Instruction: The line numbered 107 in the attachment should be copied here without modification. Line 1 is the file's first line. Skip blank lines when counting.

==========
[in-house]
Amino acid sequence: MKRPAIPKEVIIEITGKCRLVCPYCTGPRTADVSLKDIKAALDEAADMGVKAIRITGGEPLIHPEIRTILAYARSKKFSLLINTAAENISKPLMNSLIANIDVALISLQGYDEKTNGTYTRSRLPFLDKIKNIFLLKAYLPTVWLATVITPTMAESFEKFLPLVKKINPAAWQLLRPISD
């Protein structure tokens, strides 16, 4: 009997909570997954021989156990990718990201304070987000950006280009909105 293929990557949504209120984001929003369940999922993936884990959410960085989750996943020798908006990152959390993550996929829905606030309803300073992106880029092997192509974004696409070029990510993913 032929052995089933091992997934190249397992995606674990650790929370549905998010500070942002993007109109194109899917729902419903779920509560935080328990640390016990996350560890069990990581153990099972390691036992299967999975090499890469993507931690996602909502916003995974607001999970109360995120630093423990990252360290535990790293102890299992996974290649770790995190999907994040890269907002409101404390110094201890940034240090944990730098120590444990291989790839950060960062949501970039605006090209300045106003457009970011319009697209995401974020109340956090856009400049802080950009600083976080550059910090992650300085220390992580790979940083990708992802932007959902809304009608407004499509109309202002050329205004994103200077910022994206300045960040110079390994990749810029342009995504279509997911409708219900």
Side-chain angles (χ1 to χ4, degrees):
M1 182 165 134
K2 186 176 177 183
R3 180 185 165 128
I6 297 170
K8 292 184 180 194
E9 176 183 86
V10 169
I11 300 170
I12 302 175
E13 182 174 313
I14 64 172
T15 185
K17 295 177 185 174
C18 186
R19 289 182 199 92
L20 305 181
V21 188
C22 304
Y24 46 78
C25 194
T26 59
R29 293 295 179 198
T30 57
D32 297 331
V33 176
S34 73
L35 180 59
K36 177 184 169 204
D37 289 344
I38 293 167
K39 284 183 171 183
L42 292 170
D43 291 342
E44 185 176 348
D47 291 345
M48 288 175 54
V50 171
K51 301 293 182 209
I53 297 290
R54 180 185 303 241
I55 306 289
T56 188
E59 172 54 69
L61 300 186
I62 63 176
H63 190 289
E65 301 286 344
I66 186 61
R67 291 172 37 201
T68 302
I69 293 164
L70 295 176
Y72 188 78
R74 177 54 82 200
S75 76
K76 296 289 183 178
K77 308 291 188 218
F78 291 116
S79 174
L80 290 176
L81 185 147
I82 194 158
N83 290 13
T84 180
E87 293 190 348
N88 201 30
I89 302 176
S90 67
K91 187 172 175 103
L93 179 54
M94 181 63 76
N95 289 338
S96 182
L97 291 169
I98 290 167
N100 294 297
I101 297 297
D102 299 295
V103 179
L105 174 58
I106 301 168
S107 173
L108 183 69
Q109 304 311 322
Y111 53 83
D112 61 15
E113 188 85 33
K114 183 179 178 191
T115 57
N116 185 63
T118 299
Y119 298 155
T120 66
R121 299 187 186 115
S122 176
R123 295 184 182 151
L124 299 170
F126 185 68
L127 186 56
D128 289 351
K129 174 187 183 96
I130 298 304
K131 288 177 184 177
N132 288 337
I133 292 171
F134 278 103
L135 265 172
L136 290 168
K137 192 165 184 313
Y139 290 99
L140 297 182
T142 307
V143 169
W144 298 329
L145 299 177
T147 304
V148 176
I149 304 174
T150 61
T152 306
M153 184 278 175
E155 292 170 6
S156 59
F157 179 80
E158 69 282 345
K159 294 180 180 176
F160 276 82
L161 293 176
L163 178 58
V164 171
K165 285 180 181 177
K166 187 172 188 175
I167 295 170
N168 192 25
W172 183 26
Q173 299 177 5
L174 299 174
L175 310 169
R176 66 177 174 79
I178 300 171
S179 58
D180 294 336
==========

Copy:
K131 288 177 184 177